As expression of IL-20RA, the key subunit of IL-26R that mediates IL-26 signaling, is restricted to skin, intestine, and lungs, it is thought that IL-26 promotes defense mechanisms at mucosal surfaces by bridging immune cells and epithelia. In fact, antimicrobial functions of IL-20 subfamily cytokines, including Th17-derived IL-22, are mediated mainly through the induction of various antimicrobial peptides (i.e., S100A7, S100A8, and S100A9, comprising a group of highly conserved proteins functioning as an immediate line of defense against diverse pathogens) in epithelial cells. However, IL-26 is unique because it does not promote the production of antimicrobial peptides, instead acting as an antimicrobial protein itself.

IL-26 exhibits priming effects on various immune cells in order to boost antiviral and antimicrobial responses. IL-26 induces TNF-related apoptosis-inducing ligand (TRAIL) on human NK cells that kill hepatitis C virus-infected hepatocytes [16]. Furthermore, IL-26 derived from CD68+ alveolar macrophages and Th17 cells propel antimicrobial responses by priming the recruitment of neutrophils towards bacteria and assembled effector immune cells at the lungs, and by triggering the production of plasmacytoid dendritic cell (pDC)-derived IFN-α (Fig 2), respectively [17,18].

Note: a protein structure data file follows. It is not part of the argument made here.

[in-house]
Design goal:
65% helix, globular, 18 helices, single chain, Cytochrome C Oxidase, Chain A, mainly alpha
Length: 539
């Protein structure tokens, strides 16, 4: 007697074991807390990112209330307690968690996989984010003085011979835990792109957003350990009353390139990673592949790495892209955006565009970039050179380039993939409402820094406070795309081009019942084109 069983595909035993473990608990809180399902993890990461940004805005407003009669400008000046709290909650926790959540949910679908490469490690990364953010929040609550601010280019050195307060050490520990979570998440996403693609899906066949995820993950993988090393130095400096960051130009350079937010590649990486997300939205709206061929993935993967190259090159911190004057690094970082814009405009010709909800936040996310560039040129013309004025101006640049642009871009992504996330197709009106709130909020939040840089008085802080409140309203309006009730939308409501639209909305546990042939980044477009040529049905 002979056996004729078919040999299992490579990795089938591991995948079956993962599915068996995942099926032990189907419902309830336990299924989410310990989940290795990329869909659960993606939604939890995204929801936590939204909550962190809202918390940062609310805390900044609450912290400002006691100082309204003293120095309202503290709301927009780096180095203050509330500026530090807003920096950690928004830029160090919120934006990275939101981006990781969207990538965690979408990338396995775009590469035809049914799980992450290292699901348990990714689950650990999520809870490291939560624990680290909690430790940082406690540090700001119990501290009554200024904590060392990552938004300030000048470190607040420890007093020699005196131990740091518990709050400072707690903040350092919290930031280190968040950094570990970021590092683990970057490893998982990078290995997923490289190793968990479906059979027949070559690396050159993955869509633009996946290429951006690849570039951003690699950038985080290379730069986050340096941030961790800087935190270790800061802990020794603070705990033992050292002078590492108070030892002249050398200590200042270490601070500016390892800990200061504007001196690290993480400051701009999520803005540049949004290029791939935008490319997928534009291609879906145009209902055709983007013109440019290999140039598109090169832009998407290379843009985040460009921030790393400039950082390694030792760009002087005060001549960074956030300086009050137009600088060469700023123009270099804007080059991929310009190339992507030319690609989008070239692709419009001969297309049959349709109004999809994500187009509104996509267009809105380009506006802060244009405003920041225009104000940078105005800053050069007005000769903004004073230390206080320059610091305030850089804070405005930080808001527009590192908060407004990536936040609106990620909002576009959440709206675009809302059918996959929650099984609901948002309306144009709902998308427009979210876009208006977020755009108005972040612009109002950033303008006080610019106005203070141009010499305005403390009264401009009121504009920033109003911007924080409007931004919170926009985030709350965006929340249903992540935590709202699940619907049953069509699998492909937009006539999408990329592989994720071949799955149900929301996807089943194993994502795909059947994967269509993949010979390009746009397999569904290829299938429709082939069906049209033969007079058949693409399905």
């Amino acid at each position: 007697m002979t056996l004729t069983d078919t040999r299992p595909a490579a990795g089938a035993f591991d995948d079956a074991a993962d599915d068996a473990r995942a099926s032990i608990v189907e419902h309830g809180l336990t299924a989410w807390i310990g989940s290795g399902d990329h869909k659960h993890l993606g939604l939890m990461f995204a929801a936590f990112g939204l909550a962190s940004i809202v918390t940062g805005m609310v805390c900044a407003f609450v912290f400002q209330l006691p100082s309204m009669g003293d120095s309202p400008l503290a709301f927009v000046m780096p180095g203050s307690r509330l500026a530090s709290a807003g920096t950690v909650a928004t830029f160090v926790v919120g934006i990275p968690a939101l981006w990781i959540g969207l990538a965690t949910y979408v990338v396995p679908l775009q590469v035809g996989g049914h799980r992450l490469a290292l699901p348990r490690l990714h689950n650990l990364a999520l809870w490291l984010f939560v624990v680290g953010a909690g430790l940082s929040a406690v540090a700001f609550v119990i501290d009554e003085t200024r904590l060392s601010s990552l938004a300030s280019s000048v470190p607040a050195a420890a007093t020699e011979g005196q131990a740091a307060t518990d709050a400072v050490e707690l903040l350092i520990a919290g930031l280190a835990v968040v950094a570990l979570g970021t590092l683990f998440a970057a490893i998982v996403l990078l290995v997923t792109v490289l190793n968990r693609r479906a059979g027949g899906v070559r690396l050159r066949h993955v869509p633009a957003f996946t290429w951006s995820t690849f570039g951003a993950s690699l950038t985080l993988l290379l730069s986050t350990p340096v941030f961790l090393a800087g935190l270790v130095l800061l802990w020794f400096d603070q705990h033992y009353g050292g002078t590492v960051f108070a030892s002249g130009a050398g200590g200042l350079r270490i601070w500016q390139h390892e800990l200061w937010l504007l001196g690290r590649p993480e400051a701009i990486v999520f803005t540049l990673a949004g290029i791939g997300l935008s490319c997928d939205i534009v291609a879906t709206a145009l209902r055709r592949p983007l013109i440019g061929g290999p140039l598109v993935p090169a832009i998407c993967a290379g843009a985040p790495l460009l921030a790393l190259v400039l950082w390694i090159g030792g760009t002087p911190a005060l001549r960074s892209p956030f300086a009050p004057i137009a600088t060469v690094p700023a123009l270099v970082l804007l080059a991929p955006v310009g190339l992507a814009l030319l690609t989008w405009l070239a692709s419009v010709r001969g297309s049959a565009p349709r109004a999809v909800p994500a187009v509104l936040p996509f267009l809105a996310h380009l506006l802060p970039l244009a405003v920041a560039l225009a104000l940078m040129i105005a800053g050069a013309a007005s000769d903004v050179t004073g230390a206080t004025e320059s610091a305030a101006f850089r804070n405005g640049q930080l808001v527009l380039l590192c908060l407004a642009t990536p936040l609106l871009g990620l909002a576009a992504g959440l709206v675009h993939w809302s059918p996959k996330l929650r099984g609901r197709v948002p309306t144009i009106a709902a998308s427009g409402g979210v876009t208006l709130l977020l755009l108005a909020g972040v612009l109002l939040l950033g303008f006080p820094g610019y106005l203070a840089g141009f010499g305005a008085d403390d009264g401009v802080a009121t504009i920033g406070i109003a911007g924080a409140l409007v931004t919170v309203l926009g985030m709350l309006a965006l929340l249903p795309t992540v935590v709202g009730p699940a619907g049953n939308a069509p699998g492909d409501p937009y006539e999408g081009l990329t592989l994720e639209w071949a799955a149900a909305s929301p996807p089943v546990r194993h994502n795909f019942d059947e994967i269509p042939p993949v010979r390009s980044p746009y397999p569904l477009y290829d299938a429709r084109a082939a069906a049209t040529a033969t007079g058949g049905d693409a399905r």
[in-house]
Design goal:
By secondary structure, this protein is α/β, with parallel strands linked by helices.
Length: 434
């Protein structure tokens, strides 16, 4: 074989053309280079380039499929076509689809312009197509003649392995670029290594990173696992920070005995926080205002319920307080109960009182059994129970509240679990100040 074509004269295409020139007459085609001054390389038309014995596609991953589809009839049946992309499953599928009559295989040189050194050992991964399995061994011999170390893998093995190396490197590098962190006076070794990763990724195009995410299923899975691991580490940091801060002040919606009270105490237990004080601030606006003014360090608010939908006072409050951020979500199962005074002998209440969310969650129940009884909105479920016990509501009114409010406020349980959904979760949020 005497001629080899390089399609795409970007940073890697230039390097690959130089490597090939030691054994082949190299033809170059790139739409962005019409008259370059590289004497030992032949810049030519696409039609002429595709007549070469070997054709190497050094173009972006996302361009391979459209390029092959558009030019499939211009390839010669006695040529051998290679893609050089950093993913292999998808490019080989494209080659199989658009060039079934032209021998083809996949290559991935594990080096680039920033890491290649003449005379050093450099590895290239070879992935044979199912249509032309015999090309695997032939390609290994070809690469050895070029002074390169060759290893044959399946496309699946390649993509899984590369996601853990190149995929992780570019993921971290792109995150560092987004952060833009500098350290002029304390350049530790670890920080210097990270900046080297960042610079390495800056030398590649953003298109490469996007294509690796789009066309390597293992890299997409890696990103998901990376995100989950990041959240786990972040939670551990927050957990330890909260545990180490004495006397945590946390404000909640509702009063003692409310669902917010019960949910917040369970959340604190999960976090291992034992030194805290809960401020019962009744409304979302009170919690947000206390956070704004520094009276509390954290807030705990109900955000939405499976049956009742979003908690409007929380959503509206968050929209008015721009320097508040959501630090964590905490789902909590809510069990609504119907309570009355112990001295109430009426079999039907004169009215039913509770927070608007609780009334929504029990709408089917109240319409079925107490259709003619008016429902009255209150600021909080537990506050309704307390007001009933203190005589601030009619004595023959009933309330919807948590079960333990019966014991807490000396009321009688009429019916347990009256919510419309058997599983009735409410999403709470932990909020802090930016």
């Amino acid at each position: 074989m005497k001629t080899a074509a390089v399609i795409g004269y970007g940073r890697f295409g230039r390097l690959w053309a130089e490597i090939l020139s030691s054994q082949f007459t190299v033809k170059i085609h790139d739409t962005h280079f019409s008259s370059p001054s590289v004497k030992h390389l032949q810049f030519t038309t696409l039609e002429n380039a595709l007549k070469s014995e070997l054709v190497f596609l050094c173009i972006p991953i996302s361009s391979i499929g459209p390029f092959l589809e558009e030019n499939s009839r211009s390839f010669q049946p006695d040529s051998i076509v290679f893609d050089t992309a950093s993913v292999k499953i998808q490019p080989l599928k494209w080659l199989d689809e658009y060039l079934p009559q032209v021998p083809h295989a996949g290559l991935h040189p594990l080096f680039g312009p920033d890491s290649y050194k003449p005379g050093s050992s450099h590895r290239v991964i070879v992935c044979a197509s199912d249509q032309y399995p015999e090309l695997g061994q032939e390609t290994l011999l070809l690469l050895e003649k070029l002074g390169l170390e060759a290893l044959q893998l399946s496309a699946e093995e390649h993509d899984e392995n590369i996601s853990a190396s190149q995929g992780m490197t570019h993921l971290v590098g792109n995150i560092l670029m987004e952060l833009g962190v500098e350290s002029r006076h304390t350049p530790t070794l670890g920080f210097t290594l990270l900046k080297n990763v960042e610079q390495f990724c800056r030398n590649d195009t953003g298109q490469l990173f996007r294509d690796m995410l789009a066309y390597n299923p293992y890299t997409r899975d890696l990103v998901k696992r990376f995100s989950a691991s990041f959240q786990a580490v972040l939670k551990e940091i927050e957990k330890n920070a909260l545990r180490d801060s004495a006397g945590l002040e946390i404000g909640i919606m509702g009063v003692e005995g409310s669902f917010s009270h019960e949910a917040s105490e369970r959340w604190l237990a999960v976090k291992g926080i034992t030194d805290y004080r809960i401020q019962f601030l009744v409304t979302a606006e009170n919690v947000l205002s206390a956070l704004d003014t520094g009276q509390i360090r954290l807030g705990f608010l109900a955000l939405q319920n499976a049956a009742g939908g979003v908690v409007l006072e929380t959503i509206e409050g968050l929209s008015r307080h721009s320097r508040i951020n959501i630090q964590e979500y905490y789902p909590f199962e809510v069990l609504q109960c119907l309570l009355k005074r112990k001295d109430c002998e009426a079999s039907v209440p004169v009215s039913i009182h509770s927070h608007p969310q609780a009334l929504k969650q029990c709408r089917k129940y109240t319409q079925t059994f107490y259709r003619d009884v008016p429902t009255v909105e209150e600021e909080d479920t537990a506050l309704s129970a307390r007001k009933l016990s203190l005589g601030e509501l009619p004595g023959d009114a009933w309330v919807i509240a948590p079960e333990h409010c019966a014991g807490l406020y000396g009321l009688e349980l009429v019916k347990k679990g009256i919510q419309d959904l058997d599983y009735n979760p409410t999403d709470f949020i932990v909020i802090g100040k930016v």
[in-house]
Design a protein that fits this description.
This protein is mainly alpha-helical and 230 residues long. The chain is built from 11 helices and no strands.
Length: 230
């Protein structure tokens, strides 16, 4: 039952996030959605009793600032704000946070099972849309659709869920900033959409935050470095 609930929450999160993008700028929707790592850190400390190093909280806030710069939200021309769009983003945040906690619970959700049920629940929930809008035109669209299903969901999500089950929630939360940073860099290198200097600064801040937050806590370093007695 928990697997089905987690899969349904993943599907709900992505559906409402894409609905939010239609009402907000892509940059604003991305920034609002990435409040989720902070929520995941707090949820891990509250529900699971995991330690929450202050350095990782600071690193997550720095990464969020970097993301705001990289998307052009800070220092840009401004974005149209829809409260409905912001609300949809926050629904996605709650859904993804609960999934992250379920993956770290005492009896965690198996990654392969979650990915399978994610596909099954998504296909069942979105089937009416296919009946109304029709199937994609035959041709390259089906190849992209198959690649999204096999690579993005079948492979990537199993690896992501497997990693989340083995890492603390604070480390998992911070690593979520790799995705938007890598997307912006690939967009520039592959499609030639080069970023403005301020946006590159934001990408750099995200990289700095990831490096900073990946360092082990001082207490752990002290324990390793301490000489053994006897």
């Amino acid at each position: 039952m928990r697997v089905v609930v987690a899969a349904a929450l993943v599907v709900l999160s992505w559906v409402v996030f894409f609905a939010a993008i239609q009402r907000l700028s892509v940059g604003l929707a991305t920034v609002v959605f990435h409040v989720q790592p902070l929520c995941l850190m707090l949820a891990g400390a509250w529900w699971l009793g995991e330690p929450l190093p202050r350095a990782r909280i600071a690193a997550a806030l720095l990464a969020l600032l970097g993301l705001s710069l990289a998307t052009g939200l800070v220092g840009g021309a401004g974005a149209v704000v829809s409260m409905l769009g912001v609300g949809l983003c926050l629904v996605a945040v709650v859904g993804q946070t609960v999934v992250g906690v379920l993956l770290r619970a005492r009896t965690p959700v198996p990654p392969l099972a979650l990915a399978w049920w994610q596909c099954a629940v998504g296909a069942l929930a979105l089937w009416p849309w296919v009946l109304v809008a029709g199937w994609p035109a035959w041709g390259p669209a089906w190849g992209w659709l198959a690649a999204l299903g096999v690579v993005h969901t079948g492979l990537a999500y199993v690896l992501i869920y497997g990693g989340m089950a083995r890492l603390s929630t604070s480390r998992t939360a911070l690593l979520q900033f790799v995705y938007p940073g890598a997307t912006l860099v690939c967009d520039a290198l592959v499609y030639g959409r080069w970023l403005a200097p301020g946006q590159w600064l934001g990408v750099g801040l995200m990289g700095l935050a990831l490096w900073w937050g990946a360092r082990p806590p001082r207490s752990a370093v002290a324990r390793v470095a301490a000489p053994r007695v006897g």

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Fig 2. Multifaceted actions of IL-26 in antiviral, antimicrobial, and autoimmune responses.

Upon activation, various immune cells secrete IL-26. IL-26 exerts antiviral and antimicrobial actions through dual action by (A) direct killing of bacteria by forming membrane pores and (B) by priming immune cells, such as neutrophils, NK cells, and plasmacytoid dendritic cells (pDCs). Other Th17 cell-derived molecules might act in synergy with IL-26 to enhance this direct killing of bacteria. (C) IL-26 response requires tight regulation as increased expression of IL-26 has been reported in several autoimmune and inflammatory diseases, including Crohn’s disease and rheumatoid arthritis (RA). This scheme was drawn in part by using pictures from Servier Medical Art.

https://doi.org/10.1371/journal.ppat.1005624.g002